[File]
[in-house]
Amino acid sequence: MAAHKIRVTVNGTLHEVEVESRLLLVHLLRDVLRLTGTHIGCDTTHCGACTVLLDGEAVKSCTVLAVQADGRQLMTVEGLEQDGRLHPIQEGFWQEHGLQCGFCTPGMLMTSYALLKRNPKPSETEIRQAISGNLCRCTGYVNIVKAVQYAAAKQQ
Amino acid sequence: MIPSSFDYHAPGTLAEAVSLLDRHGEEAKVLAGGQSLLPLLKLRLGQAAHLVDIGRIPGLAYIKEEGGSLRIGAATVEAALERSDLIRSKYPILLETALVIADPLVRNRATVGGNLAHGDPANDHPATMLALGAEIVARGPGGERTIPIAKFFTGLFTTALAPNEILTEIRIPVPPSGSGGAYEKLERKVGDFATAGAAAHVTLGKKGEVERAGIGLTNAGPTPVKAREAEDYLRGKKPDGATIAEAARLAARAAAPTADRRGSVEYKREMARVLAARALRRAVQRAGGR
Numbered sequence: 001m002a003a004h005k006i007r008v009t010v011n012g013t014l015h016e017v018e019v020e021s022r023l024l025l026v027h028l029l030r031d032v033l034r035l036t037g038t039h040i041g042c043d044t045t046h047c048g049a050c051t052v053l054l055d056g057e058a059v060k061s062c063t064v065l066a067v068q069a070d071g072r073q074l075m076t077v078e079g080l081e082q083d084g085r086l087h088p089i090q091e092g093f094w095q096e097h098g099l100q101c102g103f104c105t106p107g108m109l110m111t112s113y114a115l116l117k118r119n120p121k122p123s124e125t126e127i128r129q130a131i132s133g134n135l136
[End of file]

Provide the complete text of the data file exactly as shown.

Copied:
[in-house]
Amino acid sequence: MAAHKIRVTVNGTLHEVEVESRLLLVHLLRDVLRLTGTHIGCDTTHCGACTVLLDGEAVKSCTVLAVQADGRQLMTVEGLEQDGRLHPIQEGFWQEHGLQCGFCTPGMLMTSYALLKRNPKPSETEIRQAISGNLCRCTGYVNIVKAVQYAAAKQQ
Amino acid sequence: MIPSSFDYHAPGTLAEAVSLLDRHGEEAKVLAGGQSLLPLLKLRLGQAAHLVDIGRIPGLAYIKEEGGSLRIGAATVEAALERSDLIRSKYPILLETALVIADPLVRNRATVGGNLAHGDPANDHPATMLALGAEIVARGPGGERTIPIAKFFTGLFTTALAPNEILTEIRIPVPPSGSGGAYEKLERKVGDFATAGAAAHVTLGKKGEVERAGIGLTNAGPTPVKAREAEDYLRGKKPDGATIAEAARLAARAAAPTADRRGSVEYKREMARVLAARALRRAVQRAGGR
Numbered sequence: 001m002a003a004h005k006i007r008v009t010v011n012g013t014l015h016e017v018e019v020e021s022r023l024l025l026v027h028l029l030r031d032v033l034r035l036t037g038t039h040i041g042c043d044t045t046h047c048g049a050c051t052v053l054l055d056g057e058a059v060k061s062c063t064v065l066a067v068q069a070d071g072r073q074l075m076t077v078e079g080l081e082q083d084g085r086l087h088p089i090q091e092g093f094w095q096e097h098g099l100q101c102g103f104c105t106p107g108m109l110m111t112s113y114a115l116l117k118r119n120p121k122p123s124e125t126e127i128r129q130a131i132s133g134n135l136